Examining the housing you will not find any internal wiring visible because it is all moulded into the plastic. There is a white plastic gear on the end of the motor shaft but again, the motor appears moulded-in. Four very small micro-switches are visible and it seems to be one of these that causes the trouble.

 

Two of them, C and D (made by a German company called Marquardt) are respectively the Lock/Unlock status and door closed switch. The other two switches are made by Cherry. Switch A is for the Lock/ Double Lock function and switch B switches off the motor at the right point at the end of the Lock function when it finds the shallow section on the side of the main gear.

Normally, this switch is closed until the main gear turns to the shallow section whereupon the switch is allowed to open and so removes the motor supply. This leaves the mechanism in the Locked position whereby the locking pin has been moved out of engagement to disconnect the outer handle but the interior handle can still unlock the door because the arrangement of levers. One pushes the pin back into engagement as the other opens the latch.

However if Double lock is now invoked the main gear rotates further until the peg engages in the Double Lock hook. Once this has happened operating the interior handle can no longer move the locking pin and lever just moves the latch plate against the spring tension but the door cannot be opened from inside or outside the car.

The micro-switch that had failed in both my faulty actuators was switch B and it may be that the premature failure (the manufacturerís specification says it should be good for half a million operations) is caused by the side loading effect of the gear turning rather than simply pressing the switch button in to operate. Alternatively, I might be that any stiffness in the lock or the motor itself would cause more current to be drawn which ultimately exceeds the 2 amp maximum rating of the switch.

I identified the faulty switch as being a Cherry DJ or SJ series and since these are still listed in their catalogue I didnít think it would be too much trouble to obtain a replacement. That turned out to be a false hope. Cherry told me they are manufactured to order and that the smallest quantity would be 4,000. I tried their distributors in the UK, US and Australia but no one had any. A very helpful person at Cherry UK kindly sent me a few samples but other than that they are simply unavailable.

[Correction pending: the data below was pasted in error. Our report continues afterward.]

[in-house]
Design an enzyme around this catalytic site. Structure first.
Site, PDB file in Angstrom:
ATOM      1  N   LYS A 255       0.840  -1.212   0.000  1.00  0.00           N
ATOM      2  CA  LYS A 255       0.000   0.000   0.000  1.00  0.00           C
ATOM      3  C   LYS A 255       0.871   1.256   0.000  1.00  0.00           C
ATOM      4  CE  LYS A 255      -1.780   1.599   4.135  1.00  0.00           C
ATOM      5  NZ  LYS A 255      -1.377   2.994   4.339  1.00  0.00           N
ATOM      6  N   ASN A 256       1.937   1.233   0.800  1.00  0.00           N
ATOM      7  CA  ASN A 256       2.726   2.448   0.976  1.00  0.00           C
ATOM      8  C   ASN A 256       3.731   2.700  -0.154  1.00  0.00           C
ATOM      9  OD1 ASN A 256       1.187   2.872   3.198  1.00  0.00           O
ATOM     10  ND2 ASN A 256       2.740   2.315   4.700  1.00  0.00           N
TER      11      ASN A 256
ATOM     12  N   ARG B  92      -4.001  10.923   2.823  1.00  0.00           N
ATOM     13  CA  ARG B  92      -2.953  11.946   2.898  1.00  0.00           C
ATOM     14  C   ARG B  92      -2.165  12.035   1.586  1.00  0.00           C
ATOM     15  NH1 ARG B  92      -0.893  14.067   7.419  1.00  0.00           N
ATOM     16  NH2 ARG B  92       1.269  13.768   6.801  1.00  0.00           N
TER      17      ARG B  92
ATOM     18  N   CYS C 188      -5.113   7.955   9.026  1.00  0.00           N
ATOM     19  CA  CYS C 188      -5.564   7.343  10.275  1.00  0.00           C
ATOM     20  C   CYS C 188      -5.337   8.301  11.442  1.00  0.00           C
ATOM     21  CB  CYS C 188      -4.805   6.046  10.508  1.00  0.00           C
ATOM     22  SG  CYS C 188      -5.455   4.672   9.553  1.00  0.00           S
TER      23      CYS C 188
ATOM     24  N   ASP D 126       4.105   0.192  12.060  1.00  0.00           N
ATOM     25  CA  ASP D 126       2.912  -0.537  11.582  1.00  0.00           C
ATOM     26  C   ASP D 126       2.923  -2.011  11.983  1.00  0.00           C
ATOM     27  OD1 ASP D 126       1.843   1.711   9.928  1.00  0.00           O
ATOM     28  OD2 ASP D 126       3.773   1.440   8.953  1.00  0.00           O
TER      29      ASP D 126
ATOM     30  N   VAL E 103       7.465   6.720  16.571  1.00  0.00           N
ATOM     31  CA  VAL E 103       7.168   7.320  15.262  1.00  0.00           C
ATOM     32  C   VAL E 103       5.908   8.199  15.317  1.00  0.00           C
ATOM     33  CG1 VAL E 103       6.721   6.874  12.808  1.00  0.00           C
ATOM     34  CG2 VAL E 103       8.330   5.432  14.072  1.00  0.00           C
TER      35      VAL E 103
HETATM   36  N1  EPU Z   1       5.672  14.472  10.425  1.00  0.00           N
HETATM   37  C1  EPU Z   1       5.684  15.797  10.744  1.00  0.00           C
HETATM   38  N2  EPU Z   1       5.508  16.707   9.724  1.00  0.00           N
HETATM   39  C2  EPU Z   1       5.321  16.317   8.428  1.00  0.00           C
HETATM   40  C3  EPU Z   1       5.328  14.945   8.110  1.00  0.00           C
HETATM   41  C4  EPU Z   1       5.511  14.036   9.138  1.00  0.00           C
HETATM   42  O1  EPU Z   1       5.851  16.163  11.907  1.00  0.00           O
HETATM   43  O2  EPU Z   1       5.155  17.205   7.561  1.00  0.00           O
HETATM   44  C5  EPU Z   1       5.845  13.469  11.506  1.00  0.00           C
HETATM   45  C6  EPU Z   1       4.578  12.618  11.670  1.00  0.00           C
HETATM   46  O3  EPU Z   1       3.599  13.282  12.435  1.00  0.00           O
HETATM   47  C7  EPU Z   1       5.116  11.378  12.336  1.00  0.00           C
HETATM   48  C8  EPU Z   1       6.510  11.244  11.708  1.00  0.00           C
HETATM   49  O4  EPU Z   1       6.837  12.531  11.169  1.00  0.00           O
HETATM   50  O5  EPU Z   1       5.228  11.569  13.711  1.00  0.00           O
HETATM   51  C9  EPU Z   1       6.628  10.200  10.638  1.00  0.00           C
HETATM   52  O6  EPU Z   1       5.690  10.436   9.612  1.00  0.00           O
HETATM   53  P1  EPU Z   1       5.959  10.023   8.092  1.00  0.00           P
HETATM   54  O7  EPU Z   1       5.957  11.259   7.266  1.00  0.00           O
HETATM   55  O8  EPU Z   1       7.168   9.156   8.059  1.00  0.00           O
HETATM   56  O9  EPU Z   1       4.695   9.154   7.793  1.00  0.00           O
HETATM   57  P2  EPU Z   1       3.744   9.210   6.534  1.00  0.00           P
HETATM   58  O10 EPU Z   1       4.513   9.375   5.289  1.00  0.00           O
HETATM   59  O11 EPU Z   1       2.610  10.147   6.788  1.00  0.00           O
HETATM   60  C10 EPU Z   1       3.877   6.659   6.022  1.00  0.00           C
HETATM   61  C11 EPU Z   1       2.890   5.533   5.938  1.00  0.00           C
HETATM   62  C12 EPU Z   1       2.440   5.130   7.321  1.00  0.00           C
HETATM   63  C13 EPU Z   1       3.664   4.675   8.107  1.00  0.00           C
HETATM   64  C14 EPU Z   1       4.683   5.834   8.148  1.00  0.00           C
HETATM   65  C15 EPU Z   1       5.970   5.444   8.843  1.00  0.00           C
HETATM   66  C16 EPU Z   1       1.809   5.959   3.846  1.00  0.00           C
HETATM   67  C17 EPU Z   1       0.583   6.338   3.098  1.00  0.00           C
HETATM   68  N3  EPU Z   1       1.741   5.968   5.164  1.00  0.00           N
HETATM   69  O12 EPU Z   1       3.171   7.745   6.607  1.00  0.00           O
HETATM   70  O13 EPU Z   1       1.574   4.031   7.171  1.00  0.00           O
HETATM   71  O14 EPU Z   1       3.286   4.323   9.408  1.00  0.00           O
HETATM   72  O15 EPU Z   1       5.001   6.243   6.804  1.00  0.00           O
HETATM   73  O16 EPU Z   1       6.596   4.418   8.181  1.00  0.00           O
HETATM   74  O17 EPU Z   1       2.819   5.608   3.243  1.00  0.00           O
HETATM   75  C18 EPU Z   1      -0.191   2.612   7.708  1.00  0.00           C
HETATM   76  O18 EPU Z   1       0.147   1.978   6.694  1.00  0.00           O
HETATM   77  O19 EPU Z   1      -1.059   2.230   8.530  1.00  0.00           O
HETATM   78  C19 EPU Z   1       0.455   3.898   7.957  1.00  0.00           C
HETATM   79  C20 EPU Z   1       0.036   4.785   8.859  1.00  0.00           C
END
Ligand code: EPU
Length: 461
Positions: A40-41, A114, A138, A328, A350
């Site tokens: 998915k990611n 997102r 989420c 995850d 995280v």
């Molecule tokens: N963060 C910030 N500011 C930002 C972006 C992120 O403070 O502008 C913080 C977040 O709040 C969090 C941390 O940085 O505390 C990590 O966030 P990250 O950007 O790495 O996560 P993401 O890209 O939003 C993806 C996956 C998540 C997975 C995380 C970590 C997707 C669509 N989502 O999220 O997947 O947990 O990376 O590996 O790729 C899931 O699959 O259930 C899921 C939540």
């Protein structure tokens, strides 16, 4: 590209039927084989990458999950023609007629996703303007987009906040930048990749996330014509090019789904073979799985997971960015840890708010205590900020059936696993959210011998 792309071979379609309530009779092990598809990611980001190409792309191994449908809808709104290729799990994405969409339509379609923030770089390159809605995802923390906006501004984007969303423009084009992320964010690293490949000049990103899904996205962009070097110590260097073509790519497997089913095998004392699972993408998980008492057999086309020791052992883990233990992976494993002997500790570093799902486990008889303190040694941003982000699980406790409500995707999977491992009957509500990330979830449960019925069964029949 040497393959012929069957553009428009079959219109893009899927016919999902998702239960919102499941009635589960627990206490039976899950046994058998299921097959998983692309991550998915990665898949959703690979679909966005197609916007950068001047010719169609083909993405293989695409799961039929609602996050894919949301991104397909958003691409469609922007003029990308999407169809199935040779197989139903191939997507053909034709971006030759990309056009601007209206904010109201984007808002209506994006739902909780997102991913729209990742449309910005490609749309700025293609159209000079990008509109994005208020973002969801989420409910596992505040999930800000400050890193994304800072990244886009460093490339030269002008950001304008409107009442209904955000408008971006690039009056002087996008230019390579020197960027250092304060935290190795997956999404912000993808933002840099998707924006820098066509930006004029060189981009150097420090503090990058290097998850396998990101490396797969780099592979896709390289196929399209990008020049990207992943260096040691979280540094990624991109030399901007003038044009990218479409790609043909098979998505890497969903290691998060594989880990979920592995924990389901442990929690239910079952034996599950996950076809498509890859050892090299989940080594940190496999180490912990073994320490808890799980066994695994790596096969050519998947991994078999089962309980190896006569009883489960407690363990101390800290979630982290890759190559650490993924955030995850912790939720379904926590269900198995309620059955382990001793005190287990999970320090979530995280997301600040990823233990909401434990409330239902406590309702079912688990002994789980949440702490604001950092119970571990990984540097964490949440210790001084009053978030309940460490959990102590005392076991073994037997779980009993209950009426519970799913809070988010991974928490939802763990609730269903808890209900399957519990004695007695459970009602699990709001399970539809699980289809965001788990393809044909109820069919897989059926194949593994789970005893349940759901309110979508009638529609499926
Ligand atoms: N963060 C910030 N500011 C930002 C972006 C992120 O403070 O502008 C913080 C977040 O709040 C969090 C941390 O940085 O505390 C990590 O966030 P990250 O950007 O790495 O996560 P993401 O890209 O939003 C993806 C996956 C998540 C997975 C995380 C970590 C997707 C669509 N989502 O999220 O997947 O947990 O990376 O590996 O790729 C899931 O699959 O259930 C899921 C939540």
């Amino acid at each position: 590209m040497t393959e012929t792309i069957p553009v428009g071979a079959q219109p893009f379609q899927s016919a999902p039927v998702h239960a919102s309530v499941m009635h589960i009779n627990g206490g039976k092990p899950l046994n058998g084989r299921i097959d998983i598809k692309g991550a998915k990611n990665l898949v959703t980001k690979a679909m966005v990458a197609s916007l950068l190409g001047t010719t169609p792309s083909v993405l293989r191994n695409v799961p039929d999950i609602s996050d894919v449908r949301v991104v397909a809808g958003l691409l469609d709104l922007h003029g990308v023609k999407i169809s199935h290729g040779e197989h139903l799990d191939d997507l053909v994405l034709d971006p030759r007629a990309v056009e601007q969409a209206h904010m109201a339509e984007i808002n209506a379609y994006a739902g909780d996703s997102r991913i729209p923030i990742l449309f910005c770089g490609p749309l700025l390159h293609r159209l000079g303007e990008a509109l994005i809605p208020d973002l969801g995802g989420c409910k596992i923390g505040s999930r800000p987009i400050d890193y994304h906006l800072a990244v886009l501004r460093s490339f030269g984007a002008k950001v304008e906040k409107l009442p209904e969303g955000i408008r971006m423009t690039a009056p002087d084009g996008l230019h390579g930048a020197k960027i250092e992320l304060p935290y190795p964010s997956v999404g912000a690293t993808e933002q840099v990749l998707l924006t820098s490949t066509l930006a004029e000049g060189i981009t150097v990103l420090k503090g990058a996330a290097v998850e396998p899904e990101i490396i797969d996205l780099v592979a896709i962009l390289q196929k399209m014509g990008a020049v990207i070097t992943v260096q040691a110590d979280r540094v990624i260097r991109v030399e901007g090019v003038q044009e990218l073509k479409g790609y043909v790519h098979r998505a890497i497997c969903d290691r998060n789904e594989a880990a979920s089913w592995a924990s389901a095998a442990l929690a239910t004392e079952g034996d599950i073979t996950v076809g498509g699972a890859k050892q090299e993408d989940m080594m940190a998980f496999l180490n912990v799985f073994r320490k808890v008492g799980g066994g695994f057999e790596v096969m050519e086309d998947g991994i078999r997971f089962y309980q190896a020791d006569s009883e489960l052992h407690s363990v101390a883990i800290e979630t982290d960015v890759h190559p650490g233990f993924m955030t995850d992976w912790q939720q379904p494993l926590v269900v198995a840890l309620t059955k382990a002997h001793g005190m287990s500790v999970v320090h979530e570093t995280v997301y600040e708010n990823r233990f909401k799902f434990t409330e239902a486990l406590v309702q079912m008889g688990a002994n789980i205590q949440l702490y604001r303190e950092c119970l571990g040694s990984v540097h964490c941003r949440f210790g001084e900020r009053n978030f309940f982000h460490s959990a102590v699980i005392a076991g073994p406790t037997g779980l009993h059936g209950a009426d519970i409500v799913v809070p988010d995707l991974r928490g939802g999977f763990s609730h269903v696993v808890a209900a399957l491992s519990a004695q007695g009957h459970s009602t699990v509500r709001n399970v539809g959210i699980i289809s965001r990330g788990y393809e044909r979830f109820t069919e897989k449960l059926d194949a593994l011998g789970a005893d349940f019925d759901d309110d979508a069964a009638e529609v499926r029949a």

So if these actuators are to be repaired I needed to find an available alternative and given the very small size of this device that is quite an ask. After much research I found that a sub-miniature micro-switch made by Omron could be fitted and that most of the crucial dimensions were at most only 0.35mm different to the Cherry switch and the switch is also rated at 2 amps. The Omron part number is D2HW-BR201DR. You need this exact part number to get the mounting pins and the contacts bent over on the correct side. They are readily available from Farnell (part number 2069681) and other distributors for less than £2 each at the time of writing.

All the micro-switches are soldered in and then back filled with silicone to keep out moisture. It is easy to dig out the silicone which reveals the contacts which can be unsoldered and the faulty switch removed.

The switches mount with two plastic pins which are slightly closer together on the Omron switch than the Cherry one so one of the mounting holes needs to elongated slightly and the pins very slightly shaved down to get them to fit. The pin nearest the switch button is in exactly the same place relative to the button as the original so there is very little work to do to fit the replacement.

 

 

I then re-siliconed the connectors.  An electrical grade of silicone is needed here, not the bathroom type as this cures with acetic acid.